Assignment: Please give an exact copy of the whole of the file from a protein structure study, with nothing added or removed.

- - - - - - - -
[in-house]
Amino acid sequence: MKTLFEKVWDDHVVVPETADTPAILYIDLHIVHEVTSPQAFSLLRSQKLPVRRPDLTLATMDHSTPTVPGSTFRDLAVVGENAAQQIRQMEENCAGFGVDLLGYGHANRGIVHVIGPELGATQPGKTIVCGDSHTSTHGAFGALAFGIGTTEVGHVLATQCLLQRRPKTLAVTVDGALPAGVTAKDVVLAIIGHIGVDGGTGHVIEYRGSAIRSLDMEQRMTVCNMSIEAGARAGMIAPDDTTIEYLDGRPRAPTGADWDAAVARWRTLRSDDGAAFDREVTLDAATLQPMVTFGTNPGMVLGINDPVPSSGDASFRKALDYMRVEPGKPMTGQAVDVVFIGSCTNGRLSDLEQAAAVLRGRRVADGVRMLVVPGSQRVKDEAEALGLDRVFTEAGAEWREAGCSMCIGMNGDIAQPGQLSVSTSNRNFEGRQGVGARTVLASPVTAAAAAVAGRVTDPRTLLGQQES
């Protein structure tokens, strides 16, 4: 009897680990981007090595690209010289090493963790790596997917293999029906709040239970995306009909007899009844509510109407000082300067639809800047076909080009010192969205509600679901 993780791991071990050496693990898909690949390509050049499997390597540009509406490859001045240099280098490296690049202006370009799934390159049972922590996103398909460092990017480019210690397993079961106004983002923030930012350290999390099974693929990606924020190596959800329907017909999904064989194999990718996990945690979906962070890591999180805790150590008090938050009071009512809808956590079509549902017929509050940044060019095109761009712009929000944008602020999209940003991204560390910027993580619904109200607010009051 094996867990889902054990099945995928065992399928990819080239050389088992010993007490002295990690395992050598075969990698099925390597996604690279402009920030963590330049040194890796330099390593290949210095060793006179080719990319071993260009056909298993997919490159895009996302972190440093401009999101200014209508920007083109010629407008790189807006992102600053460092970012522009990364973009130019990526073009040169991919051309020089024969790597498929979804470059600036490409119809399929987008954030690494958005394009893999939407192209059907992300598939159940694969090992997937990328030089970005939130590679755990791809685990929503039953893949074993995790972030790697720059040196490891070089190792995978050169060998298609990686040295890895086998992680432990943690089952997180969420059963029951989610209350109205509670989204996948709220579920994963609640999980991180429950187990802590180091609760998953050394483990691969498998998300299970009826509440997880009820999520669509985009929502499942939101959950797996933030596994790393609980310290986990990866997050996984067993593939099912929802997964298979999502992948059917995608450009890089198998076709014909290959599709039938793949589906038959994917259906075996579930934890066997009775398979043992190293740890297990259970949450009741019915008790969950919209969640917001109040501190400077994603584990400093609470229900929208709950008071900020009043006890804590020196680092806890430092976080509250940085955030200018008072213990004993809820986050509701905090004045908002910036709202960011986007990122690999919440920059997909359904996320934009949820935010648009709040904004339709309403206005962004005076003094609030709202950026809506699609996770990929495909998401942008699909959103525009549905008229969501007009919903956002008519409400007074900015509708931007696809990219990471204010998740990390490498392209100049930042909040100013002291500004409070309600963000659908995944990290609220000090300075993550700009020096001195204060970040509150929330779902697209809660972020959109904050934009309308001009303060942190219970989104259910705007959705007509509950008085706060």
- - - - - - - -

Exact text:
[in-house]
Amino acid sequence: MKTLFEKVWDDHVVVPETADTPAILYIDLHIVHEVTSPQAFSLLRSQKLPVRRPDLTLATMDHSTPTVPGSTFRDLAVVGENAAQQIRQMEENCAGFGVDLLGYGHANRGIVHVIGPELGATQPGKTIVCGDSHTSTHGAFGALAFGIGTTEVGHVLATQCLLQRRPKTLAVTVDGALPAGVTAKDVVLAIIGHIGVDGGTGHVIEYRGSAIRSLDMEQRMTVCNMSIEAGARAGMIAPDDTTIEYLDGRPRAPTGADWDAAVARWRTLRSDDGAAFDREVTLDAATLQPMVTFGTNPGMVLGINDPVPSSGDASFRKALDYMRVEPGKPMTGQAVDVVFIGSCTNGRLSDLEQAAAVLRGRRVADGVRMLVVPGSQRVKDEAEALGLDRVFTEAGAEWREAGCSMCIGMNGDIAQPGQLSVSTSNRNFEGRQGVGARTVLASPVTAAAAAVAGRVTDPRTLLGQQES
């Protein structure tokens, strides 16, 4: 009897680990981007090595690209010289090493963790790596997917293999029906709040239970995306009909007899009844509510109407000082300067639809800047076909080009010192969205509600679901 993780791991071990050496693990898909690949390509050049499997390597540009509406490859001045240099280098490296690049202006370009799934390159049972922590996103398909460092990017480019210690397993079961106004983002923030930012350290999390099974693929990606924020190596959800329907017909999904064989194999990718996990945690979906962070890591999180805790150590008090938050009071009512809808956590079509549902017929509050940044060019095109761009712009929000944008602020999209940003991204560390910027993580619904109200607010009051 094996867990889902054990099945995928065992399928990819080239050389088992010993007490002295990690395992050598075969990698099925390597996604690279402009920030963590330049040194890796330099390593290949210095060793006179080719990319071993260009056909298993997919490159895009996302972190440093401009999101200014209508920007083109010629407008790189807006992102600053460092970012522009990364973009130019990526073009040169991919051309020089024969790597498929979804470059600036490409119809399929987008954030690494958005394009893999939407192209059907992300598939159940694969090992997937990328030089970005939130590679755990791809685990929503039953893949074993995790972030790697720059040196490891070089190792995978050169060998298609990686040295890895086998992680432990943690089952997180969420059963029951989610209350109205509670989204996948709220579920994963609640999980991180429950187990802590180091609760998953050394483990691969498998998300299970009826509440997880009820999520669509985009929502499942939101959950797996933030596994790393609980310290986990990866997050996984067993593939099912929802997964298979999502992948059917995608450009890089198998076709014909290959599709039938793949589906038959994917259906075996579930934890066997009775398979043992190293740890297990259970949450009741019915008790969950919209969640917001109040501190400077994603584990400093609470229900929208709950008071900020009043006890804590020196680092806890430092976080509250940085955030200018008072213990004993809820986050509701905090004045908002910036709202960011986007990122690999919440920059997909359904996320934009949820935010648009709040904004339709309403206005962004005076003094609030709202950026809506699609996770990929495909998401942008699909959103525009549905008229969501007009919903956002008519409400007074900015509708931007696809990219990471204010998740990390490498392209100049930042909040100013002291500004409070309600963000659908995944990290609220000090300075993550700009020096001195204060970040509150929330779902697209809660972020959109904050934009309308001009303060942190219970989104259910705007959705007509509950008085706060």